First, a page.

The rotor flux is preferably adjusted by placing the rotor, without any rods in the carriers, in a simulated stator test fixture. The magnetic flux from each of the pole pieces in the tangential configuration, is measured. By comparing the measured flux with that which is required for the desired voltage output, the excess flux is determined. An appropriate number of rods of magnetic material is inserted to reduce the flux to the desired level. If this results in a symmetrical arrangement of magnetic rods, the rotor adjustment is completed. If there is a lack of symmetry, additional rods of a nonmagnetic material are inserted in carrier holes as appropriate to achieve symmetry.

Generator rotors adjusted in this manner may be interchanged and the desired generator voltage will be achieved without readjustment of the rotors.

Patent Citations
Cited PatentFiling datePublication dateApplicantTitle
US761682 *Jan 28, 1903Jun 7, 1904Emile Julien JavauxContinuous-current dynamo.
US2713128 *Oct 7, 1952Jul 12, 1955Dominic S ToffoloDynamoelectric machine
US3169203 *Mar 28, 1961Feb 9, 1965IbmSquare wave pulse generator
US3531670 *Sep 16, 1968Sep 29, 1970Bendix CorpRotary electrical apparatus having metallic sleeve for embracing the peripheral sections of permanent magnet rotor
US4260921 *Dec 26, 1978Apr 7, 1981The Garrett CorporationPermanent magnet rotor assembly having rectangularly shaped tongues
US4302693 *Dec 26, 1978Nov 24, 1981The Garrett CorporationWedge shaped permanent magnet rotor assembly with magnet cushions
Referenced by
Citing PatentFiling datePublication dateApplicantTitle
US4564778 *Mar 16, 1984Jan 14, 1986Aupac Co., Ltd.DC Brushless electromagnetic rotary machine
US4658165 *Jul 9, 1984Apr 14, 1987Precision Mecanique LabinalRotating machines with magnets on the rotor
US4700097 *Dec 21, 1983Oct 13, 1987Fanuc Ltd.Synchronous machine
US4714852 *Aug 28, 1985Dec 22, 1987Fanuc Ltd.Permanent-magnet field synchronous motor
US4777396 *Oct 23, 1987Oct 11, 1988Hitachi, Ltd.Rotor of induction motor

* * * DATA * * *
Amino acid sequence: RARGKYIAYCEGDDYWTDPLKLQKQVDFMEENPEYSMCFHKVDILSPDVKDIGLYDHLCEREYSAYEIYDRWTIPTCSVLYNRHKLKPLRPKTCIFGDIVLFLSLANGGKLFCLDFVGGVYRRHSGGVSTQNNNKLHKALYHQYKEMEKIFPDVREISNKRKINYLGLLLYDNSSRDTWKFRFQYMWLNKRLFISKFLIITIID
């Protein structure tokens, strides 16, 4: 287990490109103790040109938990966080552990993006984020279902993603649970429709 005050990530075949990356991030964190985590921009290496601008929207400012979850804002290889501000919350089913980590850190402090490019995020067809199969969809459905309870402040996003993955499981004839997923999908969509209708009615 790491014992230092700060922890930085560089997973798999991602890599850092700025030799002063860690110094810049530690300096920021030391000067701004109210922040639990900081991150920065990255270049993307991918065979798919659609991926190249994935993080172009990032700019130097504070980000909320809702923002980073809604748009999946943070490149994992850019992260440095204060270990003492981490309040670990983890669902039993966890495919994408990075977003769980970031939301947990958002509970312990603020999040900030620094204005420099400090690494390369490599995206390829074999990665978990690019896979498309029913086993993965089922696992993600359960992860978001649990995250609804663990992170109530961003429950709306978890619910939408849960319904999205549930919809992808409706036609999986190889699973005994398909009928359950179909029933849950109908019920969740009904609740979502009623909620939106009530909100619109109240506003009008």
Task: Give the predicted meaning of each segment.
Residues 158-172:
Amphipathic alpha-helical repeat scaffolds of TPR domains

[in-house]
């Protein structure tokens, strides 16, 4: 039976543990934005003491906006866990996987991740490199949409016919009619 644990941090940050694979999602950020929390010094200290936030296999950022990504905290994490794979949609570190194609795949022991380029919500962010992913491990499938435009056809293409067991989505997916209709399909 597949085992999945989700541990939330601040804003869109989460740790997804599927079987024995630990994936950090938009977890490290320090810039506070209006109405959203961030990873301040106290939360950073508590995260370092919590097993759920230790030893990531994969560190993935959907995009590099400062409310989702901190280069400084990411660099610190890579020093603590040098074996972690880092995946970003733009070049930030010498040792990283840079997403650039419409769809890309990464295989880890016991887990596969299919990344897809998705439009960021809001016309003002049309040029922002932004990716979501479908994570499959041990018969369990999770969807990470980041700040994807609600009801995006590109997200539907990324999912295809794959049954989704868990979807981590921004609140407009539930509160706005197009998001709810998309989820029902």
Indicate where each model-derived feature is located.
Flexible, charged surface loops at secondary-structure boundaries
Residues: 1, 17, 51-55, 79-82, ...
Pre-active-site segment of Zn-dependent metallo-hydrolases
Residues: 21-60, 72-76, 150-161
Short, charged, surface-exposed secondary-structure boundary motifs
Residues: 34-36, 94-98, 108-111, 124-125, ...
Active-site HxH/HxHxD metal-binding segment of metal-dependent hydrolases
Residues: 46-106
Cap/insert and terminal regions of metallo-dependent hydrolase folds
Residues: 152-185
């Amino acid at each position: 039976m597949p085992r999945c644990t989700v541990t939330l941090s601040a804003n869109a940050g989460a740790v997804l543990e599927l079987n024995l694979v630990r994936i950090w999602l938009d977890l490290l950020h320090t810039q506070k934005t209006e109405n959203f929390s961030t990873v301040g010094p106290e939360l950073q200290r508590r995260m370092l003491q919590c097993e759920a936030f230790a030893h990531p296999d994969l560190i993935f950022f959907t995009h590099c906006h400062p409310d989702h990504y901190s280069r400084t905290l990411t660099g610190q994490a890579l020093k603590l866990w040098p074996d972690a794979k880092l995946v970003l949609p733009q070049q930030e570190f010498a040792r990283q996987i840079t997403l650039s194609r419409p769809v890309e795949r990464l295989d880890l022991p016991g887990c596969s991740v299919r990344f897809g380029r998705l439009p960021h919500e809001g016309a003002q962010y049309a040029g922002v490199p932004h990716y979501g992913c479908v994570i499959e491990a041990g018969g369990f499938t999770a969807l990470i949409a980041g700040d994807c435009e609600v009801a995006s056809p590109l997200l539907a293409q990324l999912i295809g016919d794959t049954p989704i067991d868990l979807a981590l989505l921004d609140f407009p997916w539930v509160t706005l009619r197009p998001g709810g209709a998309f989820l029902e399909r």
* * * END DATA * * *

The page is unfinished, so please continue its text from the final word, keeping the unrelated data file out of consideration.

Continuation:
US4843271 *Dec 10, 1987Jun 27, 1989General Electric CompanyConductive metal inserts in rotor dynamoelectric machine
US4883999 *Aug 15, 1988Nov 28, 1989Pacific Scientific CompanyPolyphase electronically commutated reluctance motor
US4916346 *Dec 28, 1987Apr 10, 1990General Electric CompanyComposite rotor lamination for use in reluctance hompolar, and permanent magnet machines
US5004944 *Nov 27, 1987Apr 2, 1991Unique Mobility, Inc.Lightweight high power electromagnetic transducer
US5038065 *May 9, 1989Aug 6, 1991Hitachi, Ltd.Permanent magnet reversible synchronous motor
US5040286 *Jan 2, 1990Aug 20, 1991General Electric CompanyMethod for making permanent magnet rotor
US5144735 *Jun 26, 1991Sep 8, 1992General Electric CompanyApparatus for assembling a permanent magnet rotor
US5191256 *Dec 15, 1989Mar 2, 1993American Motion SystemsInterior magnet rotary machine
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US5485045 *Dec 18, 1992Jan 16, 1996Anton Piller Gmbh & Co. KgRotor for permanent magnet-excited, high-speed electric machines and electric machine equipped with this rotor
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US6750628Dec 3, 2001Jun 15, 2004Electric Boat CorporationFlux shunt wave shape control arrangement for permanent magnet machines
US7224147Jul 20, 2005May 29, 2007Hamilton Sundstrand CorporationBuck/boost method of voltage regulation for a permanent magnet generator (PMG)
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US7408327Apr 23, 2007Aug 5, 2008Hamilton Sunstrand CorporationBuck/boost method of voltage regulation for a permanent magnet generator (PMG)
US7923881May 2, 2008Apr 12, 2011A.O. Smith CorporationInterior permanent magnet motor and rotor
US7932658Mar 17, 2008Apr 26, 2011A.O. Smith CorporationInterior permanent magnet motor including rotor with flux barriers
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US20110121668 *Jun 15, 2009May 26, 2011Moteurs Leroy-SomerPermanent magnet rotor, and rotating machine comprising such a rotor
US20130015727 *Jul 10, 2012Jan 17, 2013Tomotaka IkiRotor for reluctance motor
US20130026872 *Mar 30, 2010Jan 31, 2013Volvo Technology CorporationRotor of an electric machine with embedded permanent magnets and electric machine
EP1796248A1 *Nov 22, 2006Jun 13, 2007Moteurs Leroy-SomerMethod of manufacturing a rotor and rotor for a rotary electrical machine
WO2000038301A1 *Dec 17, 1999Jun 29, 2000Valeo Equip Electr MoteurRotating electric machine with permanent magnets and magnetic resistance having an improved structure
WO2013149911A1 *Mar 27, 2013Oct 10, 2013Robert Bosch GmbhElectrically driven motorcycle
Classifications
U.S. Classification310/156.28, 310/156.55, 310/265, 310/261.1
International ClassificationH02K21/16, H02K1/27, H02K21/18
Cooperative ClassificationH02K1/278
European ClassificationH02K1/27B2C5S
Legal Events
DateCodeEventDescription
Feb 11, 1997FPExpired due to failure to pay maintenance fee
Effective date: 19961204
Dec 1, 1996LAPSLapse for failure to pay maintenance fees
Jul 9, 1996REMIMaintenance fee reminder mailed
Jun 3, 1992FPAYFee payment
Year of fee payment: 8
May 31, 1988FPAYFee payment
Year of fee payment: 4
Oct 3, 1983ASAssignment
Owner name: SUNDSTRAND CORPORATION DE CORP
Free format text: ASSIGNMENT OF ASSIGNORS INTEREST.;ASSIGNOR:OLSON, RAYMOND N.;REEL/FRAME:004174/0647
Effective date: 19830830